A slice is a reference to part of a variable. In the case of a String, it would be a portion of the string. Slices are created using a range within brackets specifying [starting_index..ending_index], where starting_index is the first position in the slice and ending_index is one more than the last position in the slice.

let s = String::from("hello world");

let hello = &s[0..5];
let world = &s[6..11];

// in the case of `let world = &s[6..11];`, `world` would be a slice that contains a pointer to the byte at index 6 of `s` with a length value of `5`.

If you want to start at index zero, you can just use &s[..2]. Likewise, if the slice includes the last index, you can just employ &s[3..].

Example using the flexibility of &str instead of &String in the function signature.

fn main() {
    let my_string = String::from("hello world");

    // `first_word` works on slices of `String`s, whether partial or whole
    let word = first_word(&my_string[0..6]);
    let word = first_word(&my_string[..]);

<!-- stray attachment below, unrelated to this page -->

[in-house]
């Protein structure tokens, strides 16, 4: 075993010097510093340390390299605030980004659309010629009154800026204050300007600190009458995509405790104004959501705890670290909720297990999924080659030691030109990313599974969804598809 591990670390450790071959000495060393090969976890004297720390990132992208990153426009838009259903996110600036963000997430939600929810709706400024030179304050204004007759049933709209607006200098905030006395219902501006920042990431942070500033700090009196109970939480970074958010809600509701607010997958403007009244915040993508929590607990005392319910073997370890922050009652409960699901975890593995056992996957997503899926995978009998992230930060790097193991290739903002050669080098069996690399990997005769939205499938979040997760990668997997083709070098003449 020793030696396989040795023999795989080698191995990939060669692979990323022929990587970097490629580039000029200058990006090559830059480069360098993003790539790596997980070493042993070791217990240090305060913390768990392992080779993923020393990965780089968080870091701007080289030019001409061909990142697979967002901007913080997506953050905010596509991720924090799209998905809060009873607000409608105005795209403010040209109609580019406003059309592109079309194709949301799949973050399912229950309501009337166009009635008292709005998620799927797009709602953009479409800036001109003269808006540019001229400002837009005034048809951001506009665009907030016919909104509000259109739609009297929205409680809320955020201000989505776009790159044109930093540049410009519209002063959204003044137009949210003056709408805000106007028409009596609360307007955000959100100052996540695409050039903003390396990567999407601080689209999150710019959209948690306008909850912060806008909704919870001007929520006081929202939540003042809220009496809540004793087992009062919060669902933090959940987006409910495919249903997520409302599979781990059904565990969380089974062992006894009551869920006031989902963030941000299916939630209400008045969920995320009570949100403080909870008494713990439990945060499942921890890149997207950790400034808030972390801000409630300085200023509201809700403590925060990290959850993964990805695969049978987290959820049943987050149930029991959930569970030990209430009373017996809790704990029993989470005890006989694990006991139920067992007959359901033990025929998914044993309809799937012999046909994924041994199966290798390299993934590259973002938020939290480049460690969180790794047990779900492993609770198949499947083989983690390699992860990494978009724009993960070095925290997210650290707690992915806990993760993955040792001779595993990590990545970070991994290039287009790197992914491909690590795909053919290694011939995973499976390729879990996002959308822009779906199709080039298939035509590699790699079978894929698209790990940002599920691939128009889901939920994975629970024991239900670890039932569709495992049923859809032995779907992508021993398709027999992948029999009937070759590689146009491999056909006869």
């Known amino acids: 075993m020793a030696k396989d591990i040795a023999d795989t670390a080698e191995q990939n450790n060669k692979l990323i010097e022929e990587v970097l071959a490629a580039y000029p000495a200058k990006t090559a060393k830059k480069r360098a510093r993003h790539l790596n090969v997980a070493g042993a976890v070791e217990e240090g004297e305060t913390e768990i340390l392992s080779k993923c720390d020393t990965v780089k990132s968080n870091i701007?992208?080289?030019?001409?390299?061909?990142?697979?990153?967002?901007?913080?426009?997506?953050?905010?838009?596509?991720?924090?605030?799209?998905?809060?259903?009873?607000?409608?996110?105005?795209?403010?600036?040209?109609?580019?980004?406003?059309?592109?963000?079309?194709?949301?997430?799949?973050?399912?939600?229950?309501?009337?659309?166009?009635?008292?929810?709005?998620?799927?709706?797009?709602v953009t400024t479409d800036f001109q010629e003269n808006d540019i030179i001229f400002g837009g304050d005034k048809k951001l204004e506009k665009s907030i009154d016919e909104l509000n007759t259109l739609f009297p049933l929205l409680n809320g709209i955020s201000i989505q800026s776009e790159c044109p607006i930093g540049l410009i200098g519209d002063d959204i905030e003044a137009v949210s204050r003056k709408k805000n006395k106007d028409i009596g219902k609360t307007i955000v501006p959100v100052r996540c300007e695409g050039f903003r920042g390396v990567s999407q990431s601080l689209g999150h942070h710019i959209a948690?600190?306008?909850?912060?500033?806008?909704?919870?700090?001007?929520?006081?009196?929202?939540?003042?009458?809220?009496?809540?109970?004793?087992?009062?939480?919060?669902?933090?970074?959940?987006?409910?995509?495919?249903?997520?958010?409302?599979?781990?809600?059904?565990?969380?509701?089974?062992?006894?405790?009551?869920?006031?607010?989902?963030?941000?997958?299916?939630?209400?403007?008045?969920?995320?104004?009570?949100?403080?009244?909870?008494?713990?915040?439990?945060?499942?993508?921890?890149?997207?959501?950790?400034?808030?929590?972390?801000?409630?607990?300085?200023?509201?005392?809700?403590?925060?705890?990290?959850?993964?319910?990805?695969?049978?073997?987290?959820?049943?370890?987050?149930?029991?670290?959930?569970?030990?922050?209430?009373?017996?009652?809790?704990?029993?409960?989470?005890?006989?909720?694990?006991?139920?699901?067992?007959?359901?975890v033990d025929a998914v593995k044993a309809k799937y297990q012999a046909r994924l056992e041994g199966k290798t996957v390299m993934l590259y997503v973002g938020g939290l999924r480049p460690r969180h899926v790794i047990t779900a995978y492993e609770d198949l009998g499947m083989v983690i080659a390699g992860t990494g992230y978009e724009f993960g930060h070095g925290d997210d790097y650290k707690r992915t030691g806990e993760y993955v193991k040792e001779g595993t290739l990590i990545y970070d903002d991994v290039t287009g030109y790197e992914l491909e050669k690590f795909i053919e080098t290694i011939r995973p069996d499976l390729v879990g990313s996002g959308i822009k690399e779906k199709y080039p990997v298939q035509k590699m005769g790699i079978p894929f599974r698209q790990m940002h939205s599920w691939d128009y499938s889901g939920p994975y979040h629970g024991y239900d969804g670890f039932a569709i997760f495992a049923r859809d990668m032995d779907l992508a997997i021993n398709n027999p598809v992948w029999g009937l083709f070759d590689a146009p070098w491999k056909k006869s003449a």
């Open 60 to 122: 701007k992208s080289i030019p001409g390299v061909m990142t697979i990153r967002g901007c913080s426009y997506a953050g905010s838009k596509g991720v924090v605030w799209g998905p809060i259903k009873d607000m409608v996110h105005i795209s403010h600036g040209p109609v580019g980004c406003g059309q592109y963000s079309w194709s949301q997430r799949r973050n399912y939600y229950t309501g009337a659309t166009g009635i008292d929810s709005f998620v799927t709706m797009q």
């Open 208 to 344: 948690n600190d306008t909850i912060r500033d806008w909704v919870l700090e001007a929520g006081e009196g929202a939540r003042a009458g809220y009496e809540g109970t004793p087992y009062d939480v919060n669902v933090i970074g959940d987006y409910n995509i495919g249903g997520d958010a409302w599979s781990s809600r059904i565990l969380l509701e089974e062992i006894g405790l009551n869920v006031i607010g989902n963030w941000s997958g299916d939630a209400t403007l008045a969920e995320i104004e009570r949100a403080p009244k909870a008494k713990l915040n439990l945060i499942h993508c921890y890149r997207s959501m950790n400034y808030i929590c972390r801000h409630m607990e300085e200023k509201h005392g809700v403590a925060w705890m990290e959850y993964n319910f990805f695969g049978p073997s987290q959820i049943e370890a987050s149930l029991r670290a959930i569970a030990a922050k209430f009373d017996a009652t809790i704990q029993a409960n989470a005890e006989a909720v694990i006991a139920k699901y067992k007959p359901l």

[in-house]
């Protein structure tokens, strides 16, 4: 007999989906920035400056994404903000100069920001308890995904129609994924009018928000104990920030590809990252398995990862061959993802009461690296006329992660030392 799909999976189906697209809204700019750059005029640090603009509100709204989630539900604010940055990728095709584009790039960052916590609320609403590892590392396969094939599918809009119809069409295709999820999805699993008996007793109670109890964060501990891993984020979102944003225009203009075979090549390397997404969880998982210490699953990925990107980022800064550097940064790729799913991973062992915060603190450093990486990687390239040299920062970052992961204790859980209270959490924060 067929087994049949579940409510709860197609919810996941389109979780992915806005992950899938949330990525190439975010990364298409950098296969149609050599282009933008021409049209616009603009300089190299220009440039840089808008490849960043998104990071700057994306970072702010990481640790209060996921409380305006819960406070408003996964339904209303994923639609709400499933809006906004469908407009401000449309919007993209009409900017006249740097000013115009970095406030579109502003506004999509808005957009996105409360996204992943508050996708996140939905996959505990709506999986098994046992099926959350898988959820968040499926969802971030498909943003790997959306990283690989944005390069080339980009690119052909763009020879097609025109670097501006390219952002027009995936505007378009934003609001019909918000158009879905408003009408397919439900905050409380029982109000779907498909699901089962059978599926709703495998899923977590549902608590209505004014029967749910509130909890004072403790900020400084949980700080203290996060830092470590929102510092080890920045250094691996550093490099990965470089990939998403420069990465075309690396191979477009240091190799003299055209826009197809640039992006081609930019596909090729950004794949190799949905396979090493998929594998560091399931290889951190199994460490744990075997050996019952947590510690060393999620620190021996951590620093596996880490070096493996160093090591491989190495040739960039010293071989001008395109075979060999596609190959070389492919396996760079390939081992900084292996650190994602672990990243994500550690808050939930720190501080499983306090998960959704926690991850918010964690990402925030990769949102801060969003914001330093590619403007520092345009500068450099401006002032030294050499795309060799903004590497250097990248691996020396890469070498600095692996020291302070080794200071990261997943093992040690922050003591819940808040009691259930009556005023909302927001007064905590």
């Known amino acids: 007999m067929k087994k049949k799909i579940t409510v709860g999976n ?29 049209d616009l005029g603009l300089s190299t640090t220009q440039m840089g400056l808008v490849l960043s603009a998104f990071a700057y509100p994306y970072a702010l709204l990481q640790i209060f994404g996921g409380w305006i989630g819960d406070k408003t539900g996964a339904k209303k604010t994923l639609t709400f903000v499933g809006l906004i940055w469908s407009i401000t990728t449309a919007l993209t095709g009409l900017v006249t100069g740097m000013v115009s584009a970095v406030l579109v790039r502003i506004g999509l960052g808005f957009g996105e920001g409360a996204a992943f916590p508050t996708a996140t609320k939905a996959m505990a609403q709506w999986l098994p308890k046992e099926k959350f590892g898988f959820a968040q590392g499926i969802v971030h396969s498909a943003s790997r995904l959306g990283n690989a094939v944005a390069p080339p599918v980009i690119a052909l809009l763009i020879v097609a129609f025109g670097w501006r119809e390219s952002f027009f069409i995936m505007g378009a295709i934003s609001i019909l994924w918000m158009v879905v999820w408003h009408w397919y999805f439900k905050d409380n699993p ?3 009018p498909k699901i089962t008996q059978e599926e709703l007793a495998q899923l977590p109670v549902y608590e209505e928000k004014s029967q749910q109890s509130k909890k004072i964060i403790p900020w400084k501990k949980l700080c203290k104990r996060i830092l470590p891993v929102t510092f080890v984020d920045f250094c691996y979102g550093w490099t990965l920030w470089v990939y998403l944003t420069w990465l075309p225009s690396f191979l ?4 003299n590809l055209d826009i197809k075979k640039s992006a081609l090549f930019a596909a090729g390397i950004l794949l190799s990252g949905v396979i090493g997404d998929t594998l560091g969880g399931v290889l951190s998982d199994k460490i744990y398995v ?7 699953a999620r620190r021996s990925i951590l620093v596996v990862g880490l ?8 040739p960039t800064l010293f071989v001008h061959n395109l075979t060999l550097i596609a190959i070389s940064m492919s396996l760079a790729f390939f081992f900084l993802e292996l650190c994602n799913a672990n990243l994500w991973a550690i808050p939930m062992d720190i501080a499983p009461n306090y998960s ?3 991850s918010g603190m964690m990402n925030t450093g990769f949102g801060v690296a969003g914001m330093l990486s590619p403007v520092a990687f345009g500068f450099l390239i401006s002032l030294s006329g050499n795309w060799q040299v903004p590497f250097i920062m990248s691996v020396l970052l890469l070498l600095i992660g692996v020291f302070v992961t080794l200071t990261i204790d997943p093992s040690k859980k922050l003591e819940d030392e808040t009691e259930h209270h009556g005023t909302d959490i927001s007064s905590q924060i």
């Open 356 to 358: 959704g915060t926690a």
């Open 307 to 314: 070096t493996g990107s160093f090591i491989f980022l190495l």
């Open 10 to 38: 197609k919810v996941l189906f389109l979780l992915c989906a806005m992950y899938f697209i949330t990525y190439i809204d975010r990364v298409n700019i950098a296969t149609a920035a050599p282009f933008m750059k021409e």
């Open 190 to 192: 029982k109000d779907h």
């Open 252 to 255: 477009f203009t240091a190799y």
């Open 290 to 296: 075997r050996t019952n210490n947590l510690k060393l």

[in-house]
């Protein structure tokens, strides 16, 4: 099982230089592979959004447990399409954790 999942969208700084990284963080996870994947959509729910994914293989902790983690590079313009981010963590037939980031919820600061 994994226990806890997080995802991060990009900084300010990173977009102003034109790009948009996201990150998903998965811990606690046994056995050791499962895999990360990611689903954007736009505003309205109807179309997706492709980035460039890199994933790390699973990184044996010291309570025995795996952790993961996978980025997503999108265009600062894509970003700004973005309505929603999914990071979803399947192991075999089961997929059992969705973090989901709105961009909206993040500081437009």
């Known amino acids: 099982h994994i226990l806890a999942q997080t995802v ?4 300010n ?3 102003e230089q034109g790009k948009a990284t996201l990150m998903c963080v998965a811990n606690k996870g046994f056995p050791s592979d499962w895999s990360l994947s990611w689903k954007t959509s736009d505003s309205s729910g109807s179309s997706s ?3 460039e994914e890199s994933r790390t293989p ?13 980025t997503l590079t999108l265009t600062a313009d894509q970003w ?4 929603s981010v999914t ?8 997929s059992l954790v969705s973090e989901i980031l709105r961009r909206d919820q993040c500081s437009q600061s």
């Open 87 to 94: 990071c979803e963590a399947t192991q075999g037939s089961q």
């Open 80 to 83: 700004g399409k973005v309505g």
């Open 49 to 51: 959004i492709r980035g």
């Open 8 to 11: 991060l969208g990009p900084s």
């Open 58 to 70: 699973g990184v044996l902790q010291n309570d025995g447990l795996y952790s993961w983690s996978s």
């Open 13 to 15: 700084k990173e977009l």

// `first_word` also works on references to `String`s, which are equivalent
    // to whole slices of `String`s
    let word = first_word(&my_string);

    let my_string_literal = "hello world";

    // `first_word` works on slices of string literals, whether partial or whole
    let word = first_word(&my_string_literal[0..6]);
    let word = first_word(&my_string_literal[..]);

    // Because string literals *are* string slices already,
    // this works too, without the slice syntax!
    let word = first_word(my_string_literal);

fn first_word(s: &str) -> &str {
    let bytes = s.as_bytes();
    for (i, &item) in bytes.iter().enumerate() {
        if item == b' ' {
            return &s[0..i];

© Filip Niklas 2024. All poetry rights reserved. Permission is hereby granted to freely copy and use notes about programming and any code.